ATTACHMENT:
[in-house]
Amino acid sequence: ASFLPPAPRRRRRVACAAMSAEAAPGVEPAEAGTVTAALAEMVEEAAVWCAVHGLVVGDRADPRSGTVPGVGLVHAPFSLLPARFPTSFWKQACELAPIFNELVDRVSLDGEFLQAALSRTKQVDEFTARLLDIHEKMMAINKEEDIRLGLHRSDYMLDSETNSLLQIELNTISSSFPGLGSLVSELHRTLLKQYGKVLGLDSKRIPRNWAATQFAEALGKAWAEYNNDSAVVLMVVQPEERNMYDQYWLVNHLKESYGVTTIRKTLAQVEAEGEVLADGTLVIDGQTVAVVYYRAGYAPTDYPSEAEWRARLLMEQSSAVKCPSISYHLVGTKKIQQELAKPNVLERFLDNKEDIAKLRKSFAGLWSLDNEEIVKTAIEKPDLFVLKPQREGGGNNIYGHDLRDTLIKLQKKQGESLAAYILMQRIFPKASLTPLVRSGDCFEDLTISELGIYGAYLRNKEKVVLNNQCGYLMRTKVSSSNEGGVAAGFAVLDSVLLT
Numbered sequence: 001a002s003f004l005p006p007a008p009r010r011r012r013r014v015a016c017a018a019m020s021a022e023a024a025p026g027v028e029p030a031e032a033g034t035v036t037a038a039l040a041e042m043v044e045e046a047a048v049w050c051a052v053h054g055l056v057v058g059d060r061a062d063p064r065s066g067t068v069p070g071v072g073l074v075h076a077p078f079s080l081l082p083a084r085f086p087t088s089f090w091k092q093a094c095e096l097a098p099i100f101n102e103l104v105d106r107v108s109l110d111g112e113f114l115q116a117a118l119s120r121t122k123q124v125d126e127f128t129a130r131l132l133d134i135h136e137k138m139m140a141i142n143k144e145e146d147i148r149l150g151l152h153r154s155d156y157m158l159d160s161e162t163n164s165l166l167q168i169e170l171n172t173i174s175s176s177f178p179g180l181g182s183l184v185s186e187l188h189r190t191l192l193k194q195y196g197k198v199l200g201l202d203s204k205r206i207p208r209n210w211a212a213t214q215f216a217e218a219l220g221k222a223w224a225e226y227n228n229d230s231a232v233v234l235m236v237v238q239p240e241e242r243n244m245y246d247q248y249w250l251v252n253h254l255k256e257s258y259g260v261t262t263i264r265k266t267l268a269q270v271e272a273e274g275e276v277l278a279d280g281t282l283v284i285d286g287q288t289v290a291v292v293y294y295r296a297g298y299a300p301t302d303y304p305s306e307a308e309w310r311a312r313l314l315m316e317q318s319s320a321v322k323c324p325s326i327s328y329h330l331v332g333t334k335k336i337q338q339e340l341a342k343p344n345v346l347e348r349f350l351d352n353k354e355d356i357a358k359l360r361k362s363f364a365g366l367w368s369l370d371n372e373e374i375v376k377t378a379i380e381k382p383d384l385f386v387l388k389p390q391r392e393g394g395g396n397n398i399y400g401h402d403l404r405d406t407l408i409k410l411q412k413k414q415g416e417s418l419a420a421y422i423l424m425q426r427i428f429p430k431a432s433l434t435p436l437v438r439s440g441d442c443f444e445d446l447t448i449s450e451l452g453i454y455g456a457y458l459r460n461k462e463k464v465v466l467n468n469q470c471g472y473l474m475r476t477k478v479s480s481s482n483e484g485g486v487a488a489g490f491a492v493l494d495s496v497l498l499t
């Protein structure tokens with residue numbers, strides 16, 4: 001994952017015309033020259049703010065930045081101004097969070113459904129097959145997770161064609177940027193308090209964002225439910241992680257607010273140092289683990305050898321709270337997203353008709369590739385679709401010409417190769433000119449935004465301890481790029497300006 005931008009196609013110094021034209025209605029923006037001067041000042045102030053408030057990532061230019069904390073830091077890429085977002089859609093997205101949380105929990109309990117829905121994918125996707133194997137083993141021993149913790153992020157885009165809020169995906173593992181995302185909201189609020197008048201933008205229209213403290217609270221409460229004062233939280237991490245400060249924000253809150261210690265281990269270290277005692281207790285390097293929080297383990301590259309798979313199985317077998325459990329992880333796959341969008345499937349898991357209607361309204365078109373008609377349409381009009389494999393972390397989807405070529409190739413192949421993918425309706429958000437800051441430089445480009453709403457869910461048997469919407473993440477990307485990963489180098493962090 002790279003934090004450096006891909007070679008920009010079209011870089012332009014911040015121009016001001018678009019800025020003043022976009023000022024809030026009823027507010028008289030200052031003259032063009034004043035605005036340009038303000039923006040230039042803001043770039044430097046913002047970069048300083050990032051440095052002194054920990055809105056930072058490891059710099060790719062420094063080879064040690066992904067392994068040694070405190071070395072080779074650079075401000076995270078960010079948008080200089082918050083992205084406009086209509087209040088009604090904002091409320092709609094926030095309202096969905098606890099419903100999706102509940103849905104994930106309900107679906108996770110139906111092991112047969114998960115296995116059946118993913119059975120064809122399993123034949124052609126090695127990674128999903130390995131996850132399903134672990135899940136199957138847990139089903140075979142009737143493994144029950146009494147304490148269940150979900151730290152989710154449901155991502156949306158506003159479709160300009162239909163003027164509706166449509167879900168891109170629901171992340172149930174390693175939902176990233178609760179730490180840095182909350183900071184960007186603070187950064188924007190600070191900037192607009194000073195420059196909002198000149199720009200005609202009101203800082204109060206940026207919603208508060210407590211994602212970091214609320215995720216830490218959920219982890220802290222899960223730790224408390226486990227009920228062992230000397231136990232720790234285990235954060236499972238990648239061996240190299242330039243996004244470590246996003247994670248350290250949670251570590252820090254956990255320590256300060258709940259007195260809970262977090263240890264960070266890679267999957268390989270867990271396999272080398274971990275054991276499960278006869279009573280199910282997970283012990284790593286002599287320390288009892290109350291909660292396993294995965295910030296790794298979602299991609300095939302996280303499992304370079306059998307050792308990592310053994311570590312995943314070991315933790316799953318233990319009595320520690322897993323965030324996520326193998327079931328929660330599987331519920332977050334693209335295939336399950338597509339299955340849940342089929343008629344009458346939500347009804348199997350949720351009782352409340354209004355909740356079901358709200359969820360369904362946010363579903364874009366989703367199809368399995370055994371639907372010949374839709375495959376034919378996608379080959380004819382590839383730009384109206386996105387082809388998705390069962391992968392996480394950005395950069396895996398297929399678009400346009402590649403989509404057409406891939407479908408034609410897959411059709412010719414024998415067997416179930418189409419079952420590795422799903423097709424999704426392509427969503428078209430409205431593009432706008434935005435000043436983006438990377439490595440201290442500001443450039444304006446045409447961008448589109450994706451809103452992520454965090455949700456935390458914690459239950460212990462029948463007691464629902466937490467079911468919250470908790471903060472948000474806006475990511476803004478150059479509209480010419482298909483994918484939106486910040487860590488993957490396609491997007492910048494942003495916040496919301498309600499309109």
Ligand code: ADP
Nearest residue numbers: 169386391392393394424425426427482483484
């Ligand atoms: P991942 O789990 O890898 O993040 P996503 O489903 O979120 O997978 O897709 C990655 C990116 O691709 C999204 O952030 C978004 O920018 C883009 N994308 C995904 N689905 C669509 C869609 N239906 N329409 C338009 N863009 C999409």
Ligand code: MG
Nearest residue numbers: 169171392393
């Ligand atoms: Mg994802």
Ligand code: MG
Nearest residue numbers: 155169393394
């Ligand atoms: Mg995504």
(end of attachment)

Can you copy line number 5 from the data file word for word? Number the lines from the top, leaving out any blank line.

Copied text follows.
Ligand code: ADP